THE COURT OF APPEAL AND THE HIGH COURT - We are satisfied with the present method of appointments to the High Court and Court of Appeal and would be in favour of retaining this system.

THE PRIVY COUNCIL - Self-reliance must be our goal in all the institutions in our State. However, no state like ours could on its own run all its institutions. With our Caribbean neighbors we must establish a Caribbean Court of Appeal in the very near future and abolish appeals to the Privy Council in England.

THE LEGAL DEPARTMENT - We do not see the need for the top heavy, big pay, fancy-named legal officials who staff the Government's legal department. We see the need for an Attorney General and one assistant. They will be responsible for all civil matters in which the State has an interest, and provide legal advice to the Government and draft new laws. The Director of Public Prosecutions, together with an Assistant, will be responsible for all criminal matters in which the State has an interest. He will also be responsible for giving lecture of the Law to the Police Service. We would abolish the post of Solicitor-General.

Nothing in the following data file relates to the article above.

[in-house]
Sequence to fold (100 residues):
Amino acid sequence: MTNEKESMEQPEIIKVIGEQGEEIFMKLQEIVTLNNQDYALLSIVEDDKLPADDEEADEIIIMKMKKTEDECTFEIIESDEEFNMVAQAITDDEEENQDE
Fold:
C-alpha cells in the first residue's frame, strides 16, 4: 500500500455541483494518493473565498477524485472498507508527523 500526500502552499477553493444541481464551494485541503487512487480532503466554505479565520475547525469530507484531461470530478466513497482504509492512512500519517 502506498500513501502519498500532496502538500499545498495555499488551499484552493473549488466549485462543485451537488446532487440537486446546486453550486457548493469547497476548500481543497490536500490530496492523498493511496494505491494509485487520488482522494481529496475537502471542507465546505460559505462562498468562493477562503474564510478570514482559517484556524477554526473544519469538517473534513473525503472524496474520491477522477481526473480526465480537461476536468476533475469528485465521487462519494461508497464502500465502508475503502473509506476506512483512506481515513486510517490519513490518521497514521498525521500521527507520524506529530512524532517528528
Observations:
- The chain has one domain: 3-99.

LEGAL REFORMS-

  1. The Court dress of the judges and lawyers will be changed to suit our tropical conditions.
  2. A Law Revision Committee will be set up to promote changes in the law to meet the needs of the society. Representatives will come from all groups within the society under the Attorney-General as Chairman.
  3. That persons who are presently regarded as “illegitimate” will be afforded all the rights of persons who are born in wedlock.
  4. Legal aid will be extended to cover cases other than murder.
  5. We will give the Law Society an opportunity to agree on a fixed scale of charges to clients. If they can not agree, we will lay down maximum charges for lawyers.
  6. Reduction of the legal age of majority from 21 to 18 years.
  7. Raising the marriage age to 16 years.
  8. Simplifying and revising the law relating to land and conveyancing.
  9. Various disabilities and disadvantages which women presently suffer under the law will be removed. The “Common-Law” wife will be guaranteed certain rights and wives will be guaranteed the right to remain in and/or share the value of the matrimonial home and other assets with the husband on a divorce or other dissolution of the marriage.